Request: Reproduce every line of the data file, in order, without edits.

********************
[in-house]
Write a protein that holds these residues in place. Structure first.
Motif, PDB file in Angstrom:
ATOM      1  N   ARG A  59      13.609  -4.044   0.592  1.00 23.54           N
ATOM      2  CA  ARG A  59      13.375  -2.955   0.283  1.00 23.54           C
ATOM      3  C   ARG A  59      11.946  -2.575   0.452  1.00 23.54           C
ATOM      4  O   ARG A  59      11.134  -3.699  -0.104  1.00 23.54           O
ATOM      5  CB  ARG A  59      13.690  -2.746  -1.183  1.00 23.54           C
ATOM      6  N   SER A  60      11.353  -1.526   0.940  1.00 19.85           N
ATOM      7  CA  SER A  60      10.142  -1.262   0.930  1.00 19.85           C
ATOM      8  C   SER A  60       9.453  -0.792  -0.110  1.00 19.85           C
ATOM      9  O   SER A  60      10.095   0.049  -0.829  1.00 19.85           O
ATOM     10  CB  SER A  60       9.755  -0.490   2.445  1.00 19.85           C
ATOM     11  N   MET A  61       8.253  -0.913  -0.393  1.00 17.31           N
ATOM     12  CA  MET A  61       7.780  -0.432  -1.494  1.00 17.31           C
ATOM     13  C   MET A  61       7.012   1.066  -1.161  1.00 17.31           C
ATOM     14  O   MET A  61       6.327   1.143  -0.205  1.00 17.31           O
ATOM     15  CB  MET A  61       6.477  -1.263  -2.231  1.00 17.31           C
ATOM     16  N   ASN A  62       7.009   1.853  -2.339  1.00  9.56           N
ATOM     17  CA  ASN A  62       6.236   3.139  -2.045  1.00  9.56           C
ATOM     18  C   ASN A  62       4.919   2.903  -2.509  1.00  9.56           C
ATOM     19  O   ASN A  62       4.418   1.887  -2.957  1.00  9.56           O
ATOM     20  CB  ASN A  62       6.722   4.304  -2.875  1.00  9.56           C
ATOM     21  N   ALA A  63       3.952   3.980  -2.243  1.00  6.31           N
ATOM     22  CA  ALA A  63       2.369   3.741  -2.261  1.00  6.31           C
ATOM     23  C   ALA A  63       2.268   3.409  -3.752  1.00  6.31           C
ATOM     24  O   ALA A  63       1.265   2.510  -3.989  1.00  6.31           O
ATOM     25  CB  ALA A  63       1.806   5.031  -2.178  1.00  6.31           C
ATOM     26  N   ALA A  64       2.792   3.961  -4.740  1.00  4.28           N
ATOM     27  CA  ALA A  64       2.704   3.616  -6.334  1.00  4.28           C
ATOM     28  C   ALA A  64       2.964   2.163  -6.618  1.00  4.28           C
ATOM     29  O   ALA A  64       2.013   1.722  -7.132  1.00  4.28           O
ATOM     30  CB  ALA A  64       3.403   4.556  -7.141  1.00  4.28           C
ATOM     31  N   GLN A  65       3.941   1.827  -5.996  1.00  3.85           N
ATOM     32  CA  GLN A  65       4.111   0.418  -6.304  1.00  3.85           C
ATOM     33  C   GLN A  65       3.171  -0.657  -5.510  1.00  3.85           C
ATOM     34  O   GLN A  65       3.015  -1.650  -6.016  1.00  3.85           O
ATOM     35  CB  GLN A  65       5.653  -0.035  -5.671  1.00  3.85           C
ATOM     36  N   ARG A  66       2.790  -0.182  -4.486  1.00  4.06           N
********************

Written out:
[in-house]
Write a protein that holds these residues in place. Structure first.
Motif, PDB file in Angstrom:
ATOM      1  N   ARG A  59      13.609  -4.044   0.592  1.00 23.54           N
ATOM      2  CA  ARG A  59      13.375  -2.955   0.283  1.00 23.54           C
ATOM      3  C   ARG A  59      11.946  -2.575   0.452  1.00 23.54           C
ATOM      4  O   ARG A  59      11.134  -3.699  -0.104  1.00 23.54           O
ATOM      5  CB  ARG A  59      13.690  -2.746  -1.183  1.00 23.54           C
ATOM      6  N   SER A  60      11.353  -1.526   0.940  1.00 19.85           N
ATOM      7  CA  SER A  60      10.142  -1.262   0.930  1.00 19.85           C
ATOM      8  C   SER A  60       9.453  -0.792  -0.110  1.00 19.85           C
ATOM      9  O   SER A  60      10.095   0.049  -0.829  1.00 19.85           O
ATOM     10  CB  SER A  60       9.755  -0.490   2.445  1.00 19.85           C
ATOM     11  N   MET A  61       8.253  -0.913  -0.393  1.00 17.31           N
ATOM     12  CA  MET A  61       7.780  -0.432  -1.494  1.00 17.31           C
ATOM     13  C   MET A  61       7.012   1.066  -1.161  1.00 17.31           C
ATOM     14  O   MET A  61       6.327   1.143  -0.205  1.00 17.31           O
ATOM     15  CB  MET A  61       6.477  -1.263  -2.231  1.00 17.31           C
ATOM     16  N   ASN A  62       7.009   1.853  -2.339  1.00  9.56           N
ATOM     17  CA  ASN A  62       6.236   3.139  -2.045  1.00  9.56           C
ATOM     18  C   ASN A  62       4.919   2.903  -2.509  1.00  9.56           C
ATOM     19  O   ASN A  62       4.418   1.887  -2.957  1.00  9.56           O
ATOM     20  CB  ASN A  62       6.722   4.304  -2.875  1.00  9.56           C
ATOM     21  N   ALA A  63       3.952   3.980  -2.243  1.00  6.31           N
ATOM     22  CA  ALA A  63       2.369   3.741  -2.261  1.00  6.31           C
ATOM     23  C   ALA A  63       2.268   3.409  -3.752  1.00  6.31           C
ATOM     24  O   ALA A  63       1.265   2.510  -3.989  1.00  6.31           O
ATOM     25  CB  ALA A  63       1.806   5.031  -2.178  1.00  6.31           C
ATOM     26  N   ALA A  64       2.792   3.961  -4.740  1.00  4.28           N
ATOM     27  CA  ALA A  64       2.704   3.616  -6.334  1.00  4.28           C
ATOM     28  C   ALA A  64       2.964   2.163  -6.618  1.00  4.28           C
ATOM     29  O   ALA A  64       2.013   1.722  -7.132  1.00  4.28           O
ATOM     30  CB  ALA A  64       3.403   4.556  -7.141  1.00  4.28           C
ATOM     31  N   GLN A  65       3.941   1.827  -5.996  1.00  3.85           N
ATOM     32  CA  GLN A  65       4.111   0.418  -6.304  1.00  3.85           C
ATOM     33  C   GLN A  65       3.171  -0.657  -5.510  1.00  3.85           C
ATOM     34  O   GLN A  65       3.015  -1.650  -6.016  1.00  3.85           O
ATOM     35  CB  GLN A  65       5.653  -0.035  -5.671  1.00  3.85           C
ATOM     36  N   ARG A  66       2.790  -0.182  -4.486  1.00  4.06           N